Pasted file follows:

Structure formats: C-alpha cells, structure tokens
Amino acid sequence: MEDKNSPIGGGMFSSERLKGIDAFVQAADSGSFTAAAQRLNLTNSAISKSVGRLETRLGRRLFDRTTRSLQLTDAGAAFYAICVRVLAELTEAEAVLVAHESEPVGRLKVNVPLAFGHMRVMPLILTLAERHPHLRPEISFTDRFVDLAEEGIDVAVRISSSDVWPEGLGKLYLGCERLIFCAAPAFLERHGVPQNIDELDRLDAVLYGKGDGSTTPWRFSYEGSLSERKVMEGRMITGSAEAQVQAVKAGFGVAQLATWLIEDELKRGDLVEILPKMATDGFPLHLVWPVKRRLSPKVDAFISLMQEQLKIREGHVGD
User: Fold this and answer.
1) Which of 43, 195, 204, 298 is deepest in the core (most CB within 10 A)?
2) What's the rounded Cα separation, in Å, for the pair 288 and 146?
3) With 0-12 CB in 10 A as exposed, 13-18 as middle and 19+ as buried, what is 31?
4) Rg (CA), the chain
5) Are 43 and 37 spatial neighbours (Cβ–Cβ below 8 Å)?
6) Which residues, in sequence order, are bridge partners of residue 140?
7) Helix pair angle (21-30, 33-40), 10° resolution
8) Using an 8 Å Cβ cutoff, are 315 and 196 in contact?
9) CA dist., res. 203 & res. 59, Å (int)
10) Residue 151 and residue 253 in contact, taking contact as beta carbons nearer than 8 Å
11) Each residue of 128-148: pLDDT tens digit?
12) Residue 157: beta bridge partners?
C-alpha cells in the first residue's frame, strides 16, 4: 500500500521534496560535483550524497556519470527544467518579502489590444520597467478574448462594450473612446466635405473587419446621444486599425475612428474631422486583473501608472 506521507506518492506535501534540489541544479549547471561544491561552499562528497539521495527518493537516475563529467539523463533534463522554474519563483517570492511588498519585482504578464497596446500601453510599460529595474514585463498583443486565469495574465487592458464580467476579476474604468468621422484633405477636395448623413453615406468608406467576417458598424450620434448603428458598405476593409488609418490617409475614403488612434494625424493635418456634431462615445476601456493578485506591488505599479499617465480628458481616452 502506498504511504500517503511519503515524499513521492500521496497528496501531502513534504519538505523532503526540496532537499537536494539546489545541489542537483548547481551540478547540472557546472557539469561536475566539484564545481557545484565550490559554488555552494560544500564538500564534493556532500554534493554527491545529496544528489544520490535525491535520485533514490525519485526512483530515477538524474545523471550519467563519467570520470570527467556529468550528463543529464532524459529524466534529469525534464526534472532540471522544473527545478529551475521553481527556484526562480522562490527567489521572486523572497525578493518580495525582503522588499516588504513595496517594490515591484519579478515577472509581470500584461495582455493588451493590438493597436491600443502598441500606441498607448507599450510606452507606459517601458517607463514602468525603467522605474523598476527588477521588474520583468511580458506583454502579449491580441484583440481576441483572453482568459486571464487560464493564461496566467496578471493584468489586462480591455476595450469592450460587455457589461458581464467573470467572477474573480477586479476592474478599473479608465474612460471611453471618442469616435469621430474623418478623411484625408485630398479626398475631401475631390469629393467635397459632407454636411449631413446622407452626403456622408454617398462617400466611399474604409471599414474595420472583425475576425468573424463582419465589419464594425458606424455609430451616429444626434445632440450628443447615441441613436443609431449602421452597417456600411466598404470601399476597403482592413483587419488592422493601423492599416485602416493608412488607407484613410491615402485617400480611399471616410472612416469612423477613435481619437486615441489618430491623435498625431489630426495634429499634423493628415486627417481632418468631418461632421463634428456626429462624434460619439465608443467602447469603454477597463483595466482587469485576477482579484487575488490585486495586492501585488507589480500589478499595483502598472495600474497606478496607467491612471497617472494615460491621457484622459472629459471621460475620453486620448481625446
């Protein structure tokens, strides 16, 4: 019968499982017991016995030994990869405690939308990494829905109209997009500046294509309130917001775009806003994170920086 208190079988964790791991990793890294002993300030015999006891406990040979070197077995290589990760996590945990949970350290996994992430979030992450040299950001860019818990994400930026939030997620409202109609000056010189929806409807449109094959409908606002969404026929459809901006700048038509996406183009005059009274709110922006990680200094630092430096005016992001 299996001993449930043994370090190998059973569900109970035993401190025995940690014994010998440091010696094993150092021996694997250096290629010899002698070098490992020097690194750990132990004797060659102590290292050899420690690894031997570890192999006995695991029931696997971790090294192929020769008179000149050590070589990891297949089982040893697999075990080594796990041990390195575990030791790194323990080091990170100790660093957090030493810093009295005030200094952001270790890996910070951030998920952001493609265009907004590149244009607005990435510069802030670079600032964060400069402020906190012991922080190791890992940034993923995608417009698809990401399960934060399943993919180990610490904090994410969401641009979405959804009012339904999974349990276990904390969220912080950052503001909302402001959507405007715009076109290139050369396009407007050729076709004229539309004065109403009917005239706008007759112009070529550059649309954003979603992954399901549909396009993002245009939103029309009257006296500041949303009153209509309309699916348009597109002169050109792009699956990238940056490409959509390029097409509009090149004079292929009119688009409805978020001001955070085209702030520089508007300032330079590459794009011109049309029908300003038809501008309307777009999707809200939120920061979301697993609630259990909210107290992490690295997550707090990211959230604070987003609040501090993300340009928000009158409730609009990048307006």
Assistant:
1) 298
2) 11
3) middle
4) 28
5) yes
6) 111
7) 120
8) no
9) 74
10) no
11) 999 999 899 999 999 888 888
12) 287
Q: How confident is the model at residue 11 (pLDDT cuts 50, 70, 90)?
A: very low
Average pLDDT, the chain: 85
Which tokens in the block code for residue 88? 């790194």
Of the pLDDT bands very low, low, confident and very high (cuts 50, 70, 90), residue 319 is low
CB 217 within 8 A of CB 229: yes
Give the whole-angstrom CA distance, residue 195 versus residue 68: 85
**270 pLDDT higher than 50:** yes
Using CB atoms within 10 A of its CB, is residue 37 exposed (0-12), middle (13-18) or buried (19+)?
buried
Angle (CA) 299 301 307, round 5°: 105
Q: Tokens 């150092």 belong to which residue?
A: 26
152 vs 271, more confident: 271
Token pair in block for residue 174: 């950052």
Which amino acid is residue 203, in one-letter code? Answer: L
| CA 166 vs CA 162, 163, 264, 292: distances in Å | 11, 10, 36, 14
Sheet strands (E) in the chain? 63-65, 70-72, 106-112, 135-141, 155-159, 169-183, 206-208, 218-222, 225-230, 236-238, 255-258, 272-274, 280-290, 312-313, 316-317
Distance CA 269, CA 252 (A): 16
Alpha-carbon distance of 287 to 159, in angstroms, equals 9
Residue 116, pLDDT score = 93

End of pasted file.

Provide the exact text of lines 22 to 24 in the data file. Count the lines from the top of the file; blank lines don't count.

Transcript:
4) 28
5) yes
6) 111